More First-Team All-Pro players have been selected in the middle of the first round than any other grouping of picks in the eleven drafts held since 2001.
A player that makes the First-Team of the All-Pro squad is the best of the best. Check out the names. They should be familiar.
Notice the number of elite linebackers and pass rushers selected between picks 11-15. Seattle would obviously be ecstatic to have that trend continue in 2012. Trading back has come up as an option multiple times, but the data does not support making that move. A full 61% of these All-Pro players were selected in the first half of the first round. That’s not to say it is impossible to find elite talent later, but the probability drops drastically. Looking at the first-team of the All-Pro squad is instructive, but there are other ways to evaluate where a team can find elite talent.
For example, there are guys like Shawn Andrews, Jamaal Brown, and Jeremy Shockey that had a great season to make the team, but might not be true franchise talents. Making the first-team two times or more certainly lessens the chances that the player is a great-but-not-elite talent.
These are names that few would deny are elite talents. A third of these players were selected between picks 11-15, 27% were selected between picks 1-5, and 20% were selected between picks 6-10.
That means 80% of these franchise-level players were selected in the first-half of the first round. It also again shows that the best place to find these players is not picks 1-5 or 6-10, but picks 11-15. All-Pro selections tends to be a better measure of elite talent than Pro Bowl selections for a variety of reasons, but it is worth checking out the Pro Bowl talent as well to see if the tend continues.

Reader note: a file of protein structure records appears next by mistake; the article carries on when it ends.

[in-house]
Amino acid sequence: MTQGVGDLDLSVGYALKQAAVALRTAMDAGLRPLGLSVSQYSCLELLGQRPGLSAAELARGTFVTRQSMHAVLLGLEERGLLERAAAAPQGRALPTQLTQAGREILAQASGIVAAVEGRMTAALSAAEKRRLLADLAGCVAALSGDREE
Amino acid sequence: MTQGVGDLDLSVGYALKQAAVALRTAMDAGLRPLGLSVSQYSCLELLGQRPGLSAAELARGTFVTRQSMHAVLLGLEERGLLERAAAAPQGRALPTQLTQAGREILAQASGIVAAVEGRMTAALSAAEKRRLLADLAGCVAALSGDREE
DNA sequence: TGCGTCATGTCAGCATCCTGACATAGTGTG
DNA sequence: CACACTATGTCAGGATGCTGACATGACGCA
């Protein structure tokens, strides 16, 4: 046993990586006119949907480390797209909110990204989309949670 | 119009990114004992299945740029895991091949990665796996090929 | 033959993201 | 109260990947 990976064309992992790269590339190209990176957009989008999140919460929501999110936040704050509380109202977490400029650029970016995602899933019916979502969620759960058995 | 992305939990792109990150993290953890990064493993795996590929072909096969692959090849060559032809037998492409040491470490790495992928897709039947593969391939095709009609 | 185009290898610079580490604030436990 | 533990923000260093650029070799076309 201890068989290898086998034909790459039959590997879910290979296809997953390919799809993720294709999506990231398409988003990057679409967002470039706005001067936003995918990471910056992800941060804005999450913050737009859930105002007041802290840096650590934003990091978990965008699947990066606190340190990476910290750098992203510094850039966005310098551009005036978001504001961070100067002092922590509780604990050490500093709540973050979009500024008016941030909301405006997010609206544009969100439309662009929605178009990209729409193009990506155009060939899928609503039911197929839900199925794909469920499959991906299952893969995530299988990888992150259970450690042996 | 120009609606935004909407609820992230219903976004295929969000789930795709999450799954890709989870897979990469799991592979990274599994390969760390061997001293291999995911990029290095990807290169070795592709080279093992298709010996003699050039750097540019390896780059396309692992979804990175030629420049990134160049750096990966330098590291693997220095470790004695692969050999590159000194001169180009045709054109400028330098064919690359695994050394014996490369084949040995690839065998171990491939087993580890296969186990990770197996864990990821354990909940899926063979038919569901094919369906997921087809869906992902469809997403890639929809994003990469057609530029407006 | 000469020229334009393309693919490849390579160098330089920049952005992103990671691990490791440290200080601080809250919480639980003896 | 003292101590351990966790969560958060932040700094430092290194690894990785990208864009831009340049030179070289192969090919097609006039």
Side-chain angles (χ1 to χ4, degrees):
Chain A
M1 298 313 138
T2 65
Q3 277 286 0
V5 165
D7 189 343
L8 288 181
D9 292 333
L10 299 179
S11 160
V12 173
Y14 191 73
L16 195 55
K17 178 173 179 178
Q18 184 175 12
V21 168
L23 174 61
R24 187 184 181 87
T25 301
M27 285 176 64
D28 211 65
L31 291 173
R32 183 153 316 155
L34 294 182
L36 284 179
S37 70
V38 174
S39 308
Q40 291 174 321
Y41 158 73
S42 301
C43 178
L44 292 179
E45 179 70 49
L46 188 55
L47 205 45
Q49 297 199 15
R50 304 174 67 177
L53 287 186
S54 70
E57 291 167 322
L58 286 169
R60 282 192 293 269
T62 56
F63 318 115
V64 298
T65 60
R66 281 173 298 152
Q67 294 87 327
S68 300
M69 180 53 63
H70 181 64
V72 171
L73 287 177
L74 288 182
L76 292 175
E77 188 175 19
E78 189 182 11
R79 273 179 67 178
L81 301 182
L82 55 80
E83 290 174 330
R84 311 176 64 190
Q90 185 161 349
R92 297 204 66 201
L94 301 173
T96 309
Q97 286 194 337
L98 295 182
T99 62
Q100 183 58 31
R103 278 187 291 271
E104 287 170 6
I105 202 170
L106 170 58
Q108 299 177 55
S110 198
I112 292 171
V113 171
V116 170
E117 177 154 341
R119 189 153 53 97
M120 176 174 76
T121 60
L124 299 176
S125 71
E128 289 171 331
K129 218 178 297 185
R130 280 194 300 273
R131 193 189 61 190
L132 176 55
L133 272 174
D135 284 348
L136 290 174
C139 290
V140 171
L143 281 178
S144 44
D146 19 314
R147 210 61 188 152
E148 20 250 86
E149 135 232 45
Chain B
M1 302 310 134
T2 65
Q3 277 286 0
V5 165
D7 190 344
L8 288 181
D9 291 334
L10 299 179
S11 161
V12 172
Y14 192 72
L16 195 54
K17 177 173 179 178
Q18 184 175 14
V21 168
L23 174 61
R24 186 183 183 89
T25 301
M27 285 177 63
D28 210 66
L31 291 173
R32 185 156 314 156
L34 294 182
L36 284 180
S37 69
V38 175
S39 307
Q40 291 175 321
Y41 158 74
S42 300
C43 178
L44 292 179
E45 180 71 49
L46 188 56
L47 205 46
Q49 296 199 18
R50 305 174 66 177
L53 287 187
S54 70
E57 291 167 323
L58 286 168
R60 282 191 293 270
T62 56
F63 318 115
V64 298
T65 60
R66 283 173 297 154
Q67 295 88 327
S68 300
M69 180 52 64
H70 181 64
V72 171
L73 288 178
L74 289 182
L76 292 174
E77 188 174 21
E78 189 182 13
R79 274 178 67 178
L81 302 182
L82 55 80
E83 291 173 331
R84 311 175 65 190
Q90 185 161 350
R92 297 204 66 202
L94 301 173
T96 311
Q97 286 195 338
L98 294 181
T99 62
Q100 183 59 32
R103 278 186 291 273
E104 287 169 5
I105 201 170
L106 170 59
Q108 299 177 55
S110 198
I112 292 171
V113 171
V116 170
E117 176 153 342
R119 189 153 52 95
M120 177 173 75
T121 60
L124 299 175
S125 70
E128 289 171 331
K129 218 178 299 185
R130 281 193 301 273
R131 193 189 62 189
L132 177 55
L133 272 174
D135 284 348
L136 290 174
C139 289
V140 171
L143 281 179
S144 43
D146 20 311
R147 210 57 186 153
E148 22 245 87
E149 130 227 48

Making one Pro Bowl does not make a player an elite talent. Even making two can mean “good, not great.” The following is a list of players that have made three or more Pro Bowls that we drafted in 2001 or later. Clearly, this eliminates potentially elite players that were drafted in the last two seasons.
There are a few players on that list that probably do not belong in the conversation for elite talent (e.g., Leonard Davis), but the vast majority would be considered franchise-level players.
The best chance to draft one of these players would be picks 1-5, but just by a hair. Nine of these players were drafted in picks 1-5, eight were drafted between picks 11-15, six were drafted between picks 6-10, and 5 were drafted between picks 21-25. That means 72% were drafted in the first half of the first round. The number of picks in the first round has varied between 30-32 in this time frame, so it the “first half” was redefined to include pick #16, this disparity would grow even more. Trading out of the top half of the first round would be a major mistake, it would seem.
There is little question that picking from 11-15 is a premium draft position to find elite talent. Why this is the case is far more open to debate. Many teams choosing in the Top 10 are targeting players with higher ceilings that often come with higher risks. They are also commonly after quarterbacks, a notoriously hard position to project. The desire to add specific types of talent (e.g., quarterbacks, left tackles, etc.) can push players farther up the draft board, and allow higher quality players to slide down. The ingredients necessary to create another situation like this in the upcoming 2012 draft seem to be in place. Two quarterbacks are being taken up top. Another quarterback, of questionable qualifications, is being pushed up the draft board into the Top 10 by many accounts. A franchise running back is there to be had, as are a few high profile wide receivers with a few Top 10 teams in need of a playmaker. That is why teams could see players like Melvin Ingram, Luke Kuechly, Quinton Coples and others who arguably have Top 10 talent slide past the tenth pick. One or more teams drafting between picks 11-15 is likely to add a franchise player, and it probably will be a linebacker or defensive end that can rush the passer.